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indifferent
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Jane Eyre
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indifferent
Used In
Jane Eyre
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  • "I have not considered the subject," said he indifferently, looking straight before him.
  • I found the mess to consist of indifferent potatoes and strange shreds of rusty meat, mixed and cooked together.
  • But I won’t allow that, seeing that it would never suit my case, as I have made an indifferent, not to say a bad, use of both advantages.
  • All John Reed’s violent tyrannies, all his sisters’ proud indifference, all his mother’s aversion, all the servants’ partiality, turned up in my disturbed mind like a dark deposit in a turbid well.
  • I watched it ascending the drive with indifference; carriages often came to Gateshead, but none ever brought visitors in whom I was interested; it stopped in front of the house, the door-bell rang loudly, the new-comer was admitted.
  • She paused, and then added, with a sort of assumed indifference, but still in a marked and significant tone — "But you are young, Miss; and I should say a light sleeper: perhaps you may have heard a noise?"
  • I remember her as a slim young woman, with black hair, dark eyes, very nice features, and good, clear complexion; but she had a capricious and hasty temper, and indifferent ideas of principle or justice: still, such as she was, I preferred her to any one else at Gateshead Hall.
  • I smiled at Bessie’s frank answer: I felt that it was correct, but I confess I was not quite indifferent to its import: at eighteen most people wish to please, and the conviction that they have not an exterior likely to second that desire brings anything but gratification.
  • This was said with a careless, abstracted indifference, which showed that my solicitude was, at least in his opinion, wholly superfluous.
  • By degrees, he acquired a certain influence over me that took away my liberty of mind: his praise and notice were more restraining than his indifference.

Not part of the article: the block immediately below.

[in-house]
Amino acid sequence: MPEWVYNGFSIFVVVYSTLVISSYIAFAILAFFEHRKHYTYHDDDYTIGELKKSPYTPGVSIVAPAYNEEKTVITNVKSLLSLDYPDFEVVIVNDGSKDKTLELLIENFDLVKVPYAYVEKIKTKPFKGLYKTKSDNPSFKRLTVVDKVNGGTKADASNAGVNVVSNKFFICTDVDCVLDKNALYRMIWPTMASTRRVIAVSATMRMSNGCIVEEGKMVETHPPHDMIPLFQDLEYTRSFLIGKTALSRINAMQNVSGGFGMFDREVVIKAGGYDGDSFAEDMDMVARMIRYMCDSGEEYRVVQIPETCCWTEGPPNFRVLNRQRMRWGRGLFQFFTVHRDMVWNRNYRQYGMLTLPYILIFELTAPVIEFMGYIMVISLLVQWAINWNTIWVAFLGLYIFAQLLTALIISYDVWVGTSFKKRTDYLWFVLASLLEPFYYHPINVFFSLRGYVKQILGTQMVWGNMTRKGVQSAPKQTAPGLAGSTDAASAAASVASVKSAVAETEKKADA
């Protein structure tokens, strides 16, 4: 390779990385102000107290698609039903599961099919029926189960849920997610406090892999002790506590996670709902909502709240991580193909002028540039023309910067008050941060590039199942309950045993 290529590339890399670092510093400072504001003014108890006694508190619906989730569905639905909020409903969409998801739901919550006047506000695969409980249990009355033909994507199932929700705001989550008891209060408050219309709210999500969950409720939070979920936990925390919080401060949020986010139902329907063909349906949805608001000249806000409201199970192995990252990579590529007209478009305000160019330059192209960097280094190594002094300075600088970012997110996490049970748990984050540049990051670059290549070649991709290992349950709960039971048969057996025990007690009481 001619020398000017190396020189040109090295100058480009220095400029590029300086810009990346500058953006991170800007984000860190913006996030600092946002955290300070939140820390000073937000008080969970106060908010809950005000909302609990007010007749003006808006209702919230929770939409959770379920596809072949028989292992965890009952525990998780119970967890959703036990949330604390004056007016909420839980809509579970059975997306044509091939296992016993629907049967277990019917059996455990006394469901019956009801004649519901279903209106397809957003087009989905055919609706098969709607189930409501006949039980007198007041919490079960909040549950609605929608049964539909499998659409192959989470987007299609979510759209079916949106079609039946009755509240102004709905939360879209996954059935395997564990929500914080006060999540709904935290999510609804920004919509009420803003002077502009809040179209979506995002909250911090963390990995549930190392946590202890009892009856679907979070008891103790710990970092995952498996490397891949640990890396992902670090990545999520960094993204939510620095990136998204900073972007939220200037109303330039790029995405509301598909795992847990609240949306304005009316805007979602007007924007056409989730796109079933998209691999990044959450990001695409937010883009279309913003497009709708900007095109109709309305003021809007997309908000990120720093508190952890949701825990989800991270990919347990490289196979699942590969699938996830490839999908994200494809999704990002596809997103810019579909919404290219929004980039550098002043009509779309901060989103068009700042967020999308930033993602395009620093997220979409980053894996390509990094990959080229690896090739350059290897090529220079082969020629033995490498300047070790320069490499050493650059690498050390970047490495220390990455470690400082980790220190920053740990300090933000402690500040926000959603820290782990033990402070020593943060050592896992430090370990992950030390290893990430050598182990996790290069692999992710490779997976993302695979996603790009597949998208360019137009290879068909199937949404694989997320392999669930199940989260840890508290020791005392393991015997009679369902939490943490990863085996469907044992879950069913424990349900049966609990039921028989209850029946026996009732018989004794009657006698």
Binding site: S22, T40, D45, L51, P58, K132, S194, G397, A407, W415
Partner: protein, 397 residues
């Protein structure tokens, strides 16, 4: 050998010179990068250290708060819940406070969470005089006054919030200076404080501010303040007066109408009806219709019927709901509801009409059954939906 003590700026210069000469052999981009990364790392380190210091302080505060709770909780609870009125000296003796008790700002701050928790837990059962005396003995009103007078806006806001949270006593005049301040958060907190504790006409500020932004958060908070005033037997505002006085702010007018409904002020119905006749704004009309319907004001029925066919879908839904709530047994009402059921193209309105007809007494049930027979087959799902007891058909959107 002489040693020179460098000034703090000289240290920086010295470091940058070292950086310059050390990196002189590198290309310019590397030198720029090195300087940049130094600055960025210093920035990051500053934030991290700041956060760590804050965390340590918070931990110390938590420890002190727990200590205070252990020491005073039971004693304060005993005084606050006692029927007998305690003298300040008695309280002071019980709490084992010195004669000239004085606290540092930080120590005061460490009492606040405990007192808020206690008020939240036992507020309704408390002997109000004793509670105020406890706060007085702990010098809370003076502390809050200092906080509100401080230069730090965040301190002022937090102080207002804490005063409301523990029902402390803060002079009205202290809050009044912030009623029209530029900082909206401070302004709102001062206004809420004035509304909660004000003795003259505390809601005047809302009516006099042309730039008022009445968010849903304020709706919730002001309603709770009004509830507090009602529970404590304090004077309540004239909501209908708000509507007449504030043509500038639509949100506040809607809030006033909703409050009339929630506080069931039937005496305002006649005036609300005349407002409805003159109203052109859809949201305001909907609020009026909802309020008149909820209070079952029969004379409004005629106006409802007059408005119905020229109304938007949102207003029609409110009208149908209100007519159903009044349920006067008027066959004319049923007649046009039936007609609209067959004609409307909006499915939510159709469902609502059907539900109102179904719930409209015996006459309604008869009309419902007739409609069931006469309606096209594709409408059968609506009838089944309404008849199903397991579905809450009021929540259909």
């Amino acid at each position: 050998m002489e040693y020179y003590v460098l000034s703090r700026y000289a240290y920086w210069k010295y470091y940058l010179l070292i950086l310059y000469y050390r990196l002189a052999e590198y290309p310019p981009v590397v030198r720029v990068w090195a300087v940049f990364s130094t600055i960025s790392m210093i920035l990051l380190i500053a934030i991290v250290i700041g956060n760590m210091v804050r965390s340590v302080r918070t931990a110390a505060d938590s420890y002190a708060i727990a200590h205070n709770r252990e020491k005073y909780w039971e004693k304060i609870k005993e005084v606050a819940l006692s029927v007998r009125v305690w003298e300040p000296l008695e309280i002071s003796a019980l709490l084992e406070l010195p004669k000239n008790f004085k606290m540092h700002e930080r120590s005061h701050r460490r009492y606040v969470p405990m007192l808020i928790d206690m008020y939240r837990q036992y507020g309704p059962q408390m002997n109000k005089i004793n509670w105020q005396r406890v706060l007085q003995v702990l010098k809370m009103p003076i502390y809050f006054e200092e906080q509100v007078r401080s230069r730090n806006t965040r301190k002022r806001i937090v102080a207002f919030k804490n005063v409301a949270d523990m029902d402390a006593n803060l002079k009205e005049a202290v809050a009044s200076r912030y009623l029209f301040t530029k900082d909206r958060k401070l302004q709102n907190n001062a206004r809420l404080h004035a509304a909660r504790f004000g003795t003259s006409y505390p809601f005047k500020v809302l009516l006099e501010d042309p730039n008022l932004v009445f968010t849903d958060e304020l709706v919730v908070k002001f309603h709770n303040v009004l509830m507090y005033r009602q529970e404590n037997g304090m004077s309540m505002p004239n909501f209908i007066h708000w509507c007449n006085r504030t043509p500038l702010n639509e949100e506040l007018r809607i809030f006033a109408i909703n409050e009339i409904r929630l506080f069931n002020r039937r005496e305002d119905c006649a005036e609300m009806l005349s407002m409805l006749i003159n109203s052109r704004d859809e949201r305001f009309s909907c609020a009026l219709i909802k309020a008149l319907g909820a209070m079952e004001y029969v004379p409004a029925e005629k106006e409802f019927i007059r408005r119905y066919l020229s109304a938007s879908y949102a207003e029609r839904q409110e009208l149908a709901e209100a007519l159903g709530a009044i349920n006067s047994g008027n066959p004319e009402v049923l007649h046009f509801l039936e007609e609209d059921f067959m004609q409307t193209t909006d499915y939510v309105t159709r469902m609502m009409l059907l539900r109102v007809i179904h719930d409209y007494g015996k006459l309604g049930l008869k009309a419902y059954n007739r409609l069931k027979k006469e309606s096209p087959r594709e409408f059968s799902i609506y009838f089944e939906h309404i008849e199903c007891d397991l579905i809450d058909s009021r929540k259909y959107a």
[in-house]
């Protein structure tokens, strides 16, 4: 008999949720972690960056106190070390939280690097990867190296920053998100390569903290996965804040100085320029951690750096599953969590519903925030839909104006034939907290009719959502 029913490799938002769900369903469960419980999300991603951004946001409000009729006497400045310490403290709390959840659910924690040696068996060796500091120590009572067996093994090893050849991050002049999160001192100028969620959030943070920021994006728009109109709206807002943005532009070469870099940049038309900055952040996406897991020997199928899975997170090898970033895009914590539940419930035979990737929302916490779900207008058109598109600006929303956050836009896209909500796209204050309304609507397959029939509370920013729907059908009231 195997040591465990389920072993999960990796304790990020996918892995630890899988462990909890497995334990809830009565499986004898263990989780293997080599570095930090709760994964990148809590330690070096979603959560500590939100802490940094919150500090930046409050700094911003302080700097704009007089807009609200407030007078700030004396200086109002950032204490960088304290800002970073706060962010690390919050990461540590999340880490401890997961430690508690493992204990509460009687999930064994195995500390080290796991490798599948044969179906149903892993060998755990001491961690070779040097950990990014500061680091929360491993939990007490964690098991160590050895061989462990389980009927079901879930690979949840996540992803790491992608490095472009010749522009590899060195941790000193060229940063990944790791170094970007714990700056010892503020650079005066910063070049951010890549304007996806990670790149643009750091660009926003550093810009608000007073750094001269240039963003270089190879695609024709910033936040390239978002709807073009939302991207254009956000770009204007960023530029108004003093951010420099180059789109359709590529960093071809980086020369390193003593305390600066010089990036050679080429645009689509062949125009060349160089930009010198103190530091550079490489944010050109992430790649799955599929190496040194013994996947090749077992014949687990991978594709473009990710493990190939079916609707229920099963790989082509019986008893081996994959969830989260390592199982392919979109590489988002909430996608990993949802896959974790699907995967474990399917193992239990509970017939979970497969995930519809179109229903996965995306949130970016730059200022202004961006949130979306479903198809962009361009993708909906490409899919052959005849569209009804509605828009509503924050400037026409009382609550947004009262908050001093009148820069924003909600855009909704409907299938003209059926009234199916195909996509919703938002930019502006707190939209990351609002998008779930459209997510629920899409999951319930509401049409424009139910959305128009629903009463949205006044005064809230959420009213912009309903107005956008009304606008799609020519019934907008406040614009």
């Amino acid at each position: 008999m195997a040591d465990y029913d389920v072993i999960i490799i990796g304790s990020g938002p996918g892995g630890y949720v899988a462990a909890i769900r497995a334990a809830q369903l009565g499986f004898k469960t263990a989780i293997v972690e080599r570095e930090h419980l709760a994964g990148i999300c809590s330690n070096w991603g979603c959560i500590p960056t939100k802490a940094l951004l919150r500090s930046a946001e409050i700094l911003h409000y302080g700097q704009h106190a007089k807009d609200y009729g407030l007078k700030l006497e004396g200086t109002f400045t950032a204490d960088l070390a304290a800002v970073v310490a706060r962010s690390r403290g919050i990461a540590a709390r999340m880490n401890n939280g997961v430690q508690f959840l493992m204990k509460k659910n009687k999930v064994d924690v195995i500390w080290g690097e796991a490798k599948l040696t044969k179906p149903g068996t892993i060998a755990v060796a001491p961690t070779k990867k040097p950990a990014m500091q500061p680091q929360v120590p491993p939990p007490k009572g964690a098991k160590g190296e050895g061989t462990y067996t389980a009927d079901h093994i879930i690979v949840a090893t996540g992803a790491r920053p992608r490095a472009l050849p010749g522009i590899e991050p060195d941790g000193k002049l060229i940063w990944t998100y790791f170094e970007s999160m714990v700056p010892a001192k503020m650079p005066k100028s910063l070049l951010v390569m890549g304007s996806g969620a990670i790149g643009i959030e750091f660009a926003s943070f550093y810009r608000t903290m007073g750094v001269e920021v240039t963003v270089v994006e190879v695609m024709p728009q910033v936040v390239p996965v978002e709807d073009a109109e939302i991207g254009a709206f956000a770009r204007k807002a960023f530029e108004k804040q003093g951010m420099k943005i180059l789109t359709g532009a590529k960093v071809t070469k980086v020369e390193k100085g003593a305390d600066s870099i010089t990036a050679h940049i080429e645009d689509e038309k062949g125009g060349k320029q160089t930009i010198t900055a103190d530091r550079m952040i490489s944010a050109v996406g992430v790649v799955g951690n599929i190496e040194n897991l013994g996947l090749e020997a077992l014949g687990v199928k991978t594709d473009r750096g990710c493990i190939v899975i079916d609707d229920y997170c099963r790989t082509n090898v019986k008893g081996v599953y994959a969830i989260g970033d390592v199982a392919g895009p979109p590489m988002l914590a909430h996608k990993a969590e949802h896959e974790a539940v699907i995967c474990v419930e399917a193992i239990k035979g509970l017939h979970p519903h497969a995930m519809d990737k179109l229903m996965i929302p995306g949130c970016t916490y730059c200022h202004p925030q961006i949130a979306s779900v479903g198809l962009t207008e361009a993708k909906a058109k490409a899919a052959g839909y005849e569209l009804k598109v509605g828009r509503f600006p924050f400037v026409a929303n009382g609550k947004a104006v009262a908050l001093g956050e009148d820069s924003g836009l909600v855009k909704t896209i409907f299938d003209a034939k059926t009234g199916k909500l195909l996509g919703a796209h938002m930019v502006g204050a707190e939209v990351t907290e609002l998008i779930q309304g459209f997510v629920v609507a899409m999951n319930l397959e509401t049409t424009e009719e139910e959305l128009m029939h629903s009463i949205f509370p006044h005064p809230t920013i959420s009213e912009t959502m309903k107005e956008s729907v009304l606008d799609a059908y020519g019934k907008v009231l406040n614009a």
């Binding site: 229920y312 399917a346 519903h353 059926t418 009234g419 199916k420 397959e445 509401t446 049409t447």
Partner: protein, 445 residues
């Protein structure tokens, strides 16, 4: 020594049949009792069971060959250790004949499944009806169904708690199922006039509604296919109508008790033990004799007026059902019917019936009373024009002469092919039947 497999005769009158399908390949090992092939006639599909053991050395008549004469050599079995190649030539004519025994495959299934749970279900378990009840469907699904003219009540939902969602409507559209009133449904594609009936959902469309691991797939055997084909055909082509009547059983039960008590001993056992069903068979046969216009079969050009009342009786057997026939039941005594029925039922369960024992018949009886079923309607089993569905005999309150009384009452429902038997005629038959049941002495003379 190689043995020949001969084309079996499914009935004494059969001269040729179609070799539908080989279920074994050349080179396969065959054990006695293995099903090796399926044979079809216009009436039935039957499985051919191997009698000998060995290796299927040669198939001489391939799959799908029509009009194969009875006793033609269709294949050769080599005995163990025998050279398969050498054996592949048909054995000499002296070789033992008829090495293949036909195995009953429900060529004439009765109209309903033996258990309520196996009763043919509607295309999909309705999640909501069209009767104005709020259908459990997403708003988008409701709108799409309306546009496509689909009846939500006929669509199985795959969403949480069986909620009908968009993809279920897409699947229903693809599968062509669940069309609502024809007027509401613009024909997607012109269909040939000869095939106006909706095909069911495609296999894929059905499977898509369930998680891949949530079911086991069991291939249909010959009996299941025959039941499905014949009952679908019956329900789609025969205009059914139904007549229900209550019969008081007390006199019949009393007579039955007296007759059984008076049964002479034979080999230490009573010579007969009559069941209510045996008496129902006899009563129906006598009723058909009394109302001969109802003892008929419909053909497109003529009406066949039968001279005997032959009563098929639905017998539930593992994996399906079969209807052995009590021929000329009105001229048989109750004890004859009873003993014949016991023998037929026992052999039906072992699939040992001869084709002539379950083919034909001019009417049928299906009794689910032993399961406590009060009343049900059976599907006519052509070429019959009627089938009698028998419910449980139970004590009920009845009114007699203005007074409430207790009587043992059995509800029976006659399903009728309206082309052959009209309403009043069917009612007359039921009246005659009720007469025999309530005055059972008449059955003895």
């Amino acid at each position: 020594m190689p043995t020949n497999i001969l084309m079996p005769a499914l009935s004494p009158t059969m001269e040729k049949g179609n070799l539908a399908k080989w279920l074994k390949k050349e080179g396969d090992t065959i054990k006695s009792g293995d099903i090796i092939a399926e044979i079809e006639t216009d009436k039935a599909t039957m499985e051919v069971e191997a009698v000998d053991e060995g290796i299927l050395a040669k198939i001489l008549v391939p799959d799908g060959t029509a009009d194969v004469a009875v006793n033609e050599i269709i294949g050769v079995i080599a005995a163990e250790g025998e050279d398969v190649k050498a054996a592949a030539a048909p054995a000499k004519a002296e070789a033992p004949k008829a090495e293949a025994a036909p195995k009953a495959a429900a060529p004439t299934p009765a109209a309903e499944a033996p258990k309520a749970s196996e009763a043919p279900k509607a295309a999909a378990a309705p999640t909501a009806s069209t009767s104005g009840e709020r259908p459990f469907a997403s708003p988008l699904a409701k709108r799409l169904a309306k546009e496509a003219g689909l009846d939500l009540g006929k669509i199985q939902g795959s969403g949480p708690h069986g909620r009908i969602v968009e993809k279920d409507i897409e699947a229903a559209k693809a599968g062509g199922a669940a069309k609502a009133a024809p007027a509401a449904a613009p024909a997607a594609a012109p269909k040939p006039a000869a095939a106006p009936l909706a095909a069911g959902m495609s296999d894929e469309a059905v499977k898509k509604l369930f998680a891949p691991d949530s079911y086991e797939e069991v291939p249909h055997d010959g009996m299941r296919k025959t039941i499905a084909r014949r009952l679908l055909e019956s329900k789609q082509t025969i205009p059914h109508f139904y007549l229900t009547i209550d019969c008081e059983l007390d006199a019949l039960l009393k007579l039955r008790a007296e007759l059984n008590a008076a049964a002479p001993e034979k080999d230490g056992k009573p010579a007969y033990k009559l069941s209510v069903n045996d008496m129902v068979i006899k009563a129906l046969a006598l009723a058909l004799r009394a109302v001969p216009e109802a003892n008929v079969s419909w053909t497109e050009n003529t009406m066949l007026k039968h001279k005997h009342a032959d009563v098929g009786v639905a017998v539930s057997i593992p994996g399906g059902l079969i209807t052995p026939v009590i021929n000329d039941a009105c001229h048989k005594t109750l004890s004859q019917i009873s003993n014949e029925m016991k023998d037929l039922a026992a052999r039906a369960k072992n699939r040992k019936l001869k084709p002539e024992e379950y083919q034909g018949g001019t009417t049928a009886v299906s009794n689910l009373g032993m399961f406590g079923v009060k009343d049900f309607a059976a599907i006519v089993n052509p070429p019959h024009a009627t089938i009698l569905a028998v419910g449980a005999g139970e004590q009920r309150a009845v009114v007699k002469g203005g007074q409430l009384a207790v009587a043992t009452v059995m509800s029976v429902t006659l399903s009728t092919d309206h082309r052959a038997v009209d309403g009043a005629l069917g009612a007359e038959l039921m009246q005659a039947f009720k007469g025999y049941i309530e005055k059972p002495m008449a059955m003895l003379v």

• She had obviously not heard anything to her advantage: and it seemed to me, from her prolonged fit of gloom and taciturnity, that she herself, notwithstanding her professed indifference, attached undue importance to whatever revelations had been made her.
  • I am sure most people would have thought him an ugly man; yet there was so much unconscious pride in his port; so much ease in his demeanour; such a look of complete indifference to his own external appearance; so haughty a reliance on the power of other qualities, intrinsic or adventitious, to atone for the lack of mere personal attractiveness, that, in looking at him, one inevitably shared the indifference, and, even in a blind, imperfect sense, put faith in the confidence.
  • I am sure most people would have thought him an ugly man; yet there was so much unconscious pride in his port; so much ease in his demeanour; such a look of complete indifference to his own external appearance; so haughty a reliance on the power of other qualities, intrinsic or adventitious, to atone for the lack of mere personal attractiveness, that, in looking at him, one inevitably shared the indifference, and, even in a blind, imperfect sense, put faith in the confidence.

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  • About a third are in favor of the change, a third are opposed, and a third are indifferent.
  • Before meeting us, she felt alone in an indifferent world.

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